I think that I should eat less sugar, but it is so hard to find food that doesn’t have it, especially because I’m always on the go. Is it that bad, or should I just not worry about it? Is coffee really that bad for you?  I always feel like I should be cutting back on caffeine or switching to tea, but I love my coffee in the morning. I always hear I should eat more whole grains, but why?

A.G.

Dear A.G.,

You bring up some really great questions–we’re told all of these things, but why? While some of the concepts you mention are true for many individuals, they most typically represent the “shoulds,” which are simply social expectations that say we should all operate in a specific way. Notice, these rules or “shoulds” change often–last year coffee was bad for us, but this year it’s good. Same with wine or chocolate. That’s why paying attention to your own body and letting it lead the way is the smartest health choice you can make for yourself.

With Western medicine, we are given many absolutes, and our health is looked at in black and white terms (do this not that or this is a “normal” hormone range, this is not). What we don’t often take time to think about is that every individual possesses a very unique body; no two are the same. Literally. Just like snowflakes, you will never find two individual’s with the same DNA; that’s how unique our bodies are.

So, when it comes to food, it’s important to face what feels best for your body, not what the media tells us is good or bad.

Follow some of these guidelines to discover the best for your body:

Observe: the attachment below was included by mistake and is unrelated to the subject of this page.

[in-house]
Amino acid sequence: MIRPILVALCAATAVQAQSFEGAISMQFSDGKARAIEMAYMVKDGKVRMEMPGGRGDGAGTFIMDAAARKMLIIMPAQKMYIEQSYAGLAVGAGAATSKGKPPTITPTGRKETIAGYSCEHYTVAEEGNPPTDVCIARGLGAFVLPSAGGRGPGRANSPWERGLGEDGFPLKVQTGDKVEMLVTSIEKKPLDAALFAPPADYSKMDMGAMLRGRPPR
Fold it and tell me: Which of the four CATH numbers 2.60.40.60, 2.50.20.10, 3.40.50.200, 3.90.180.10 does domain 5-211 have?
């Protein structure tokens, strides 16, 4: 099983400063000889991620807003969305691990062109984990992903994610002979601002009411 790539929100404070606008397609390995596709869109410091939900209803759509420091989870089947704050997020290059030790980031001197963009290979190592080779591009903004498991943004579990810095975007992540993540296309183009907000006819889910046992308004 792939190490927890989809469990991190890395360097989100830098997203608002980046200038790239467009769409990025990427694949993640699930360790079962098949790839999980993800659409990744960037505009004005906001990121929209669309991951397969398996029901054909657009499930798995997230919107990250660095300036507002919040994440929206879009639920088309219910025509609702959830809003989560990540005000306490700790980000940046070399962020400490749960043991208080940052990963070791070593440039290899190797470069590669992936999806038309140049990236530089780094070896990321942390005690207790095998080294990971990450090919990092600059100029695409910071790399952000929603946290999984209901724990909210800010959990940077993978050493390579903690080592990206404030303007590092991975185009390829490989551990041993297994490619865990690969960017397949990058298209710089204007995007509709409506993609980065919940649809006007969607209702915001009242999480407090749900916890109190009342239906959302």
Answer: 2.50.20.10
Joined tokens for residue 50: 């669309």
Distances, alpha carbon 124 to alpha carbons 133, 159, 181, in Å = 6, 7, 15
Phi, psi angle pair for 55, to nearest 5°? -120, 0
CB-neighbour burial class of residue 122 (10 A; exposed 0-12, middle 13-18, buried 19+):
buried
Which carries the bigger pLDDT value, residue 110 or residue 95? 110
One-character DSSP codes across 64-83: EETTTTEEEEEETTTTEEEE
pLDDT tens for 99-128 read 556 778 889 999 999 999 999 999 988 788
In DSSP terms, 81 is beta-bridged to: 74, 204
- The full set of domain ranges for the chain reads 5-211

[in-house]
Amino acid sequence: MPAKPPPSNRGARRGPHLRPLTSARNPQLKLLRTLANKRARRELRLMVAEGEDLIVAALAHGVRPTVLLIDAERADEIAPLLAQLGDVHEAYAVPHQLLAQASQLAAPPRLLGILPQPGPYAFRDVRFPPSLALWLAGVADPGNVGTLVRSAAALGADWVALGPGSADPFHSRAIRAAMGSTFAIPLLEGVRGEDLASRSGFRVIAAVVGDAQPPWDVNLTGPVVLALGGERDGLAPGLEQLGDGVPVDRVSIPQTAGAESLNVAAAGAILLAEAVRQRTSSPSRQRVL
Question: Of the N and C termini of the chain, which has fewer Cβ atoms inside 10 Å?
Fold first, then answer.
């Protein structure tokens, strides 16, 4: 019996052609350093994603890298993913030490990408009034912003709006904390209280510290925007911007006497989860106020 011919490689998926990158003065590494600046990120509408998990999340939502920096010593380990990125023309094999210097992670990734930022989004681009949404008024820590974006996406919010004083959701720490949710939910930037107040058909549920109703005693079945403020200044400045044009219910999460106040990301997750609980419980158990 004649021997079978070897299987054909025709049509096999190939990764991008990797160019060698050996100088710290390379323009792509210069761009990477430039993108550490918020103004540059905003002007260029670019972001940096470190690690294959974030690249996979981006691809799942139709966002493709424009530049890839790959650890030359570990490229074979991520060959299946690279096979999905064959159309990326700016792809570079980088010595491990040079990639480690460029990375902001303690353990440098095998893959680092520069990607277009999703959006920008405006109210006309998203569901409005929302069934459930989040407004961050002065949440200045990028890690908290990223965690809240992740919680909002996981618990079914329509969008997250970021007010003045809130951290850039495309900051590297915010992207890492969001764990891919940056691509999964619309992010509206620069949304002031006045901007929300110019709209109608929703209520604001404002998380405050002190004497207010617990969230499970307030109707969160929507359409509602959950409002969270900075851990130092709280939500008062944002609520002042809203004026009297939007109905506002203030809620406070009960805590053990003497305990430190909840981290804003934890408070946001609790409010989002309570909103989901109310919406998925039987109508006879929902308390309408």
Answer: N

-Keep a food journal for 2 weeks. Document everything you eat and how much. Then, be sure to jot down a few notes on how you felt after you ate each meal. How did it affect your digestion? Mood? Energy level? This will help you get clear on what types of food your body responds best to.

-Cut out foods that seem to aggravate your body. (If any of these foods are wheat/dairy/refined sugar, check out my blog for recipes and product recommendations: http://www.heatherstrang.com/blog/wheat-free/) Note how you feel for 2 weeks while these foods are no longer in your system. Lighter? More energy? Weight loss? It’s important to become an observer of your body and then, give it what it needs, not what the media says it should need.

-Sit for five minutes every day in total silence. Ask your body what it wants. If you listen, it will tell you.

-Check out the book Vibrant Living by Sally Kravich (http://www.sallykravich.com/naturally/sk_book.html). It contains one of the most comprehensive and non-preachy approaches to uncovering your path to ideal health in nutrition, exercise and healing work.

Bottom line–if you take time to connect with your body, all of the other hoopla about what to eat and what not to eat will go away, leaving you with exactly what you need for your total health.

Much love & blessings,
Heather


Have a question about this topic or any other? Next month we’ll focus on the should’s surrounding parenting. Send your questions to: [email protected].